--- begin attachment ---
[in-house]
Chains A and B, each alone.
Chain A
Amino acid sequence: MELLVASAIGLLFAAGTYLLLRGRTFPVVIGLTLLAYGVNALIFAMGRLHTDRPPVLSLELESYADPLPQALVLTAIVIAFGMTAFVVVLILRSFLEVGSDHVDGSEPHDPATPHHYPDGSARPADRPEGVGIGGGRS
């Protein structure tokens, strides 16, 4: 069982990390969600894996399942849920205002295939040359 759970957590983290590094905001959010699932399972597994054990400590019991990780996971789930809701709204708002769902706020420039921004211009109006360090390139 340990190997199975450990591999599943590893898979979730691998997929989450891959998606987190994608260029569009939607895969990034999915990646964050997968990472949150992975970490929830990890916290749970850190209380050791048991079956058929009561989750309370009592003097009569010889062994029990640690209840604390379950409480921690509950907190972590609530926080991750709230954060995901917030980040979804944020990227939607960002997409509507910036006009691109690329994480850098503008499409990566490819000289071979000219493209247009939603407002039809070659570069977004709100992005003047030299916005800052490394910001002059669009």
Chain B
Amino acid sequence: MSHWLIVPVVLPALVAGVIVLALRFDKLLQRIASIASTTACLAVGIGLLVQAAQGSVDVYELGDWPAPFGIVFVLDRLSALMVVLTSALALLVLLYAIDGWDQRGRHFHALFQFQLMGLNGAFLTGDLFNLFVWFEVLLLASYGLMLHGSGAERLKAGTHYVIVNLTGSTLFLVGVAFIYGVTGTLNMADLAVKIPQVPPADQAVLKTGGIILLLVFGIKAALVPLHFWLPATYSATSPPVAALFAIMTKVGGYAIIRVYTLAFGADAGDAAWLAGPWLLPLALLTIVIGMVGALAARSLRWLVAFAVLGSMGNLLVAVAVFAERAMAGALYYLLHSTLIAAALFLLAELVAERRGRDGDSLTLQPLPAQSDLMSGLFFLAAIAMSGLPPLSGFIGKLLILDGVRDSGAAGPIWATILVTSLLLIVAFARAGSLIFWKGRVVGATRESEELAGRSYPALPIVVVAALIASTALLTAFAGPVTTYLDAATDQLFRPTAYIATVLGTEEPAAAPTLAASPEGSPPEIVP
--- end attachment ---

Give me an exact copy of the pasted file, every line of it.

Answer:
[in-house]
Chains A and B, each alone.
Chain A
Amino acid sequence: MELLVASAIGLLFAAGTYLLLRGRTFPVVIGLTLLAYGVNALIFAMGRLHTDRPPVLSLELESYADPLPQALVLTAIVIAFGMTAFVVVLILRSFLEVGSDHVDGSEPHDPATPHHYPDGSARPADRPEGVGIGGGRS
């Protein structure tokens, strides 16, 4: 069982990390969600894996399942849920205002295939040359 759970957590983290590094905001959010699932399972597994054990400590019991990780996971789930809701709204708002769902706020420039921004211009109006360090390139 340990190997199975450990591999599943590893898979979730691998997929989450891959998606987190994608260029569009939607895969990034999915990646964050997968990472949150992975970490929830990890916290749970850190209380050791048991079956058929009561989750309370009592003097009569010889062994029990640690209840604390379950409480921690509950907190972590609530926080991750709230954060995901917030980040979804944020990227939607960002997409509507910036006009691109690329994480850098503008499409990566490819000289071979000219493209247009939603407002039809070659570069977004709100992005003047030299916005800052490394910001002059669009």
Chain B
Amino acid sequence: MSHWLIVPVVLPALVAGVIVLALRFDKLLQRIASIASTTACLAVGIGLLVQAAQGSVDVYELGDWPAPFGIVFVLDRLSALMVVLTSALALLVLLYAIDGWDQRGRHFHALFQFQLMGLNGAFLTGDLFNLFVWFEVLLLASYGLMLHGSGAERLKAGTHYVIVNLTGSTLFLVGVAFIYGVTGTLNMADLAVKIPQVPPADQAVLKTGGIILLLVFGIKAALVPLHFWLPATYSATSPPVAALFAIMTKVGGYAIIRVYTLAFGADAGDAAWLAGPWLLPLALLTIVIGMVGALAARSLRWLVAFAVLGSMGNLLVAVAVFAERAMAGALYYLLHSTLIAAALFLLAELVAERRGRDGDSLTLQPLPAQSDLMSGLFFLAAIAMSGLPPLSGFIGKLLILDGVRDSGAAGPIWATILVTSLLLIVAFARAGSLIFWKGRVVGATRESEELAGRSYPALPIVVVAALIASTALLTAFAGPVTTYLDAATDQLFRPTAYIATVLGTEEPAAAPTLAASPEGSPPEIVP